Below is the gist of the discussion on the Throne in tafsir al-Mizan, English Volume 15.

On the subject of God’s Throne, a variety of views have been offered and we shall examine three of those views:

(1) The apparent meaning of the term ʿArsh (Throne) is a physical object that looks like a couch with legs. It is placed on top of the seventh heaven, and God (Who is far exalted from what the wrongdoers say) firmly sits on it as a king firmly seats himself on his throne.

(2) ʿArsh (Throne) is the ninth celestial sphere which envelopes the entire physical world. It is also called the determinant of physical directions. The daily rotation of this sphere is what gives rise to time. Right under its inner layer is the pedestal (kursī), which is the eighth sphere, where the fixed stars are located. Then underneath that are the seven firmaments which belong to the seven visible planets, where each higher sphere encompasses the sphere beneath it. The seven planets are in the descending order: Saturn, Jupiter, Mars, Sun, Venus, Mercury and Moon.

(3) ʿArsh (Throne) does not represent an external object, but it is meant metaphorically. When the Qur’an says: then He settled on the Throne (7:54) or the All-Merciful, settled on the Throne (20:5), it refers to God’s dominion and authority over the world of creation. 

Regarding the first view, it is against the Qur’an, traditions and reason, all of which agree that the Lord of the universe is clear of being analogous to His creation, whether in terms of His essence, His attributes, or His actions. He is glorified and exalted above anthropomorphism. 

The second view is according to the Ptolemaic astronomy which offers a system for the movements of the heavenly bodies that are visible to our senses. Proponents of this view have matched what is mentioned in the Qur’an – such as the seven heavens, kursī (Pedestal) and ʿarsh (Throne) – with this system. These are contrary to the apparent text of the Qur’an and traditions. They also apparently contradict the ancient theories of physics and metaphysics. Later on, with the advent of new scientific discoveries based on solid empirical data, the previous theories were falsified.

As far as the third view is concerned, It is true that the wording used here – then He settled on the Throne (7:54) – is meant metaphorically, but the question is: Is there some reality indicated by this figure of speech?

When concepts like kingdom, authority, dominion and supervision are used for God, they have the same meaning as when they are used in the human world, but their applications differ. In the case of God, they represent a real quality or relationship in the world of existence but in our case, their applications are mental constructs and conventional positions which exist only conceptually. In other words, they are “conceptual labels” that are only to be found in the mind.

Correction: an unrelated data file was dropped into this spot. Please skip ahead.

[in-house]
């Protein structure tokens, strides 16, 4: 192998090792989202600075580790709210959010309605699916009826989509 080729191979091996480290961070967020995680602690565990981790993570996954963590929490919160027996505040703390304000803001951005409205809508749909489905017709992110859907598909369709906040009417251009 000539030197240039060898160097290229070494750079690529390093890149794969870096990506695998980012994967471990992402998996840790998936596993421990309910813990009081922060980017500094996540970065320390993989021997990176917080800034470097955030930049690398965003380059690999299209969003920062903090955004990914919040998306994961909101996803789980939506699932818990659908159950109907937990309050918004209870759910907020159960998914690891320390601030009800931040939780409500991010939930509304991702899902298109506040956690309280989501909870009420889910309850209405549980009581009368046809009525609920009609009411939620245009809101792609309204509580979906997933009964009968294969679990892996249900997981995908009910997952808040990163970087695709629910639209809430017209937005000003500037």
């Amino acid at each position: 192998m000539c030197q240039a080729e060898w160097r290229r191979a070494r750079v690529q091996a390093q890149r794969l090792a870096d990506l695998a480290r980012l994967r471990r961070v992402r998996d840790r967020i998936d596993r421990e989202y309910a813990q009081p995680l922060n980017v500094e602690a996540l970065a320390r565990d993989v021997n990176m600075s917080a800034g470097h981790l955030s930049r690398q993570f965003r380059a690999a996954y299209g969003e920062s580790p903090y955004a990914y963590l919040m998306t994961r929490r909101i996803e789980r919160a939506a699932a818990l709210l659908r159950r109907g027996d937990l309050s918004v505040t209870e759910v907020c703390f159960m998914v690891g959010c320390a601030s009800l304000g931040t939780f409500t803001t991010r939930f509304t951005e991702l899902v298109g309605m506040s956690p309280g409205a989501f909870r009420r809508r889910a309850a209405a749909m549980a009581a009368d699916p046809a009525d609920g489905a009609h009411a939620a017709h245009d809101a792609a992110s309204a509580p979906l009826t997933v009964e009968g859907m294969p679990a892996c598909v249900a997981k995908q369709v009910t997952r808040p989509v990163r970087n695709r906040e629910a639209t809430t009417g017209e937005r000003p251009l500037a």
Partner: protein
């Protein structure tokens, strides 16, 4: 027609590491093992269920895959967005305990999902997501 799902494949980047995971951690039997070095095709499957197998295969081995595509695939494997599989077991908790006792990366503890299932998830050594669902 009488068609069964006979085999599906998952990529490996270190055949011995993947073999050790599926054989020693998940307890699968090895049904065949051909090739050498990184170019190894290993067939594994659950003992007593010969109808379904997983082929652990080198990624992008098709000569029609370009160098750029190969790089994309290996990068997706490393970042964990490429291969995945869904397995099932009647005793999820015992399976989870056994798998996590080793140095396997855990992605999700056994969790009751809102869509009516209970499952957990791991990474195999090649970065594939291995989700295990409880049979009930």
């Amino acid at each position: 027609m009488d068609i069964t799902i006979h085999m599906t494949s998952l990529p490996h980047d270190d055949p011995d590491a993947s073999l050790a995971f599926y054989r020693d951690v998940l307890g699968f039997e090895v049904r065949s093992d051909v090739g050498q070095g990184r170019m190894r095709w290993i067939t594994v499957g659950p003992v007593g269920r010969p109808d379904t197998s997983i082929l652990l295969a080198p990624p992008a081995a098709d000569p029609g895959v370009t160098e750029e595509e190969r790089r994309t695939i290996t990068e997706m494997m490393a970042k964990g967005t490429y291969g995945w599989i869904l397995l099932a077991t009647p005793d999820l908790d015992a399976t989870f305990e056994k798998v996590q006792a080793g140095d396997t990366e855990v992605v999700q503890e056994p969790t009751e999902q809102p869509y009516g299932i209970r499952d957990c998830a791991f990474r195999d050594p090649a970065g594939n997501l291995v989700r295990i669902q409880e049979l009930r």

Therefore, when God says: then He settled on the Throne (7:54), it is a simile that expresses God’s authority over His kingdom and His regulation of the affairs. At the same time, this expression represents a level of reality [called the Throne] where the rein of all affairs – despite all their variety and multiplicity – is held and controlled. This verse and other similar verses apparently suggest that the Throne is a reality which exists in the external world of existence or a corresponding existence in the outside world. It is not merely a figure of speech that is limited to the simile in the verse. The case of the Throne is different from many other similes and analogies mentioned in the Qur’an.

The Throne that is mentioned in verses like this – then He settled on the Throne (7:54) – refers to a position in the world of existence where all events and affairs in the world are controlled, much like the office of a king, which is a centralized position for managing the affairs of his entire territory. This is confirmed by the verse: then He settled on the Throne, directing the command. There is no intercessor, except by His leave (10:3). In this verse, directing the command clarifies the meaning of then He settled on the Throne.

In summary, the Throne is the center through which God acts as the Lord of the universe. This means that it must comprise of the image, form or blueprint of all events in the world, at least in an undifferentiated mode. Everything must be present to God and known to Him at that level. This idea is found in the verse: Then He settled on the Throne. He knows whatever enters the earth and whatever emerges from it and whatever descends from the sky and whatever ascends to it, and He is with you wherever you may be, and Allah sees best what you do (57:4). The verse means that the Throne is not only a station of divine direction of all affairs, but also a station of divine knowledge, because it encompasses all things in its scope.

Reference: Al-Mizan English Volume 15, pp. 230-238, first edition, Tawheed Institute Australia Ltd., 2018


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